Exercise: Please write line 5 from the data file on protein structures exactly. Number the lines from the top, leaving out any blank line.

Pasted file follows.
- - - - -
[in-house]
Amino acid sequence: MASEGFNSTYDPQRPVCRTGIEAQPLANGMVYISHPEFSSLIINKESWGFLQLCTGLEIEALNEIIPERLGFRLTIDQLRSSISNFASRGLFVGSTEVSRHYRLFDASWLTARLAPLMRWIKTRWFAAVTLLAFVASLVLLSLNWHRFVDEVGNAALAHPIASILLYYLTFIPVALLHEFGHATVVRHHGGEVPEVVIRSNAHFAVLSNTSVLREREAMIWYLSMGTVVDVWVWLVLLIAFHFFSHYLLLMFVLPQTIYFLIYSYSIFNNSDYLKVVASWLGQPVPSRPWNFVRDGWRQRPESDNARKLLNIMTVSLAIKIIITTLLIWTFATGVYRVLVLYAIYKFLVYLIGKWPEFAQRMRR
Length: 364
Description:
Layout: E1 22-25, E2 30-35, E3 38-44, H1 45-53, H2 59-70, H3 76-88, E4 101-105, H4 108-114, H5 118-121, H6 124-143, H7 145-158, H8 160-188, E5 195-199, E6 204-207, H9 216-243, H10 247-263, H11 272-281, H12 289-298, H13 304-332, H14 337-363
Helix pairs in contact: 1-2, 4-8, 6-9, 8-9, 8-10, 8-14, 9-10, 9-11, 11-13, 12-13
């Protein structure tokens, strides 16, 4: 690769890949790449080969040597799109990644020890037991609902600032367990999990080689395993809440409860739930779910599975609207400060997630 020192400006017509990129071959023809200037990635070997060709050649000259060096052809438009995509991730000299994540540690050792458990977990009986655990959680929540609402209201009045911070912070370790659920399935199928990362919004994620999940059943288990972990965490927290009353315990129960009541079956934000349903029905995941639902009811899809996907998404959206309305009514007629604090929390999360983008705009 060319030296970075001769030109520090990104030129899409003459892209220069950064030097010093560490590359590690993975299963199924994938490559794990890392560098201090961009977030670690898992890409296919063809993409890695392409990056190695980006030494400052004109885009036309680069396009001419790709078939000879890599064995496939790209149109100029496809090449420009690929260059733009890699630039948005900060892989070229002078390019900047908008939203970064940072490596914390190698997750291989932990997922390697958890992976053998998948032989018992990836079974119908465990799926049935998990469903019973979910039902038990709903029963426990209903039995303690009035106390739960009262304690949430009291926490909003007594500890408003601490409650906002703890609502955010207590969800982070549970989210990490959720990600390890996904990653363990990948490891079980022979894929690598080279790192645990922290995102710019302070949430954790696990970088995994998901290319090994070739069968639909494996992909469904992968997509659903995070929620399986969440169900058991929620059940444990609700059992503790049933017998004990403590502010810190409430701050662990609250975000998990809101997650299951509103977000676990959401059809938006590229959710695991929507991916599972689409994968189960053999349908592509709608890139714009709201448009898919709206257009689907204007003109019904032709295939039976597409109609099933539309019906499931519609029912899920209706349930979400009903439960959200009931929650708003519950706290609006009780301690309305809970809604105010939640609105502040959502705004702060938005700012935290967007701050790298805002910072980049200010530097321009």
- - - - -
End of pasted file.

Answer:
Layout: E1 22-25, E2 30-35, E3 38-44, H1 45-53, H2 59-70, H3 76-88, E4 101-105, H4 108-114, H5 118-121, H6 124-143, H7 145-158, H8 160-188, E5 195-199, E6 204-207, H9 216-243, H10 247-263, H11 272-281, H12 289-298, H13 304-332, H14 337-363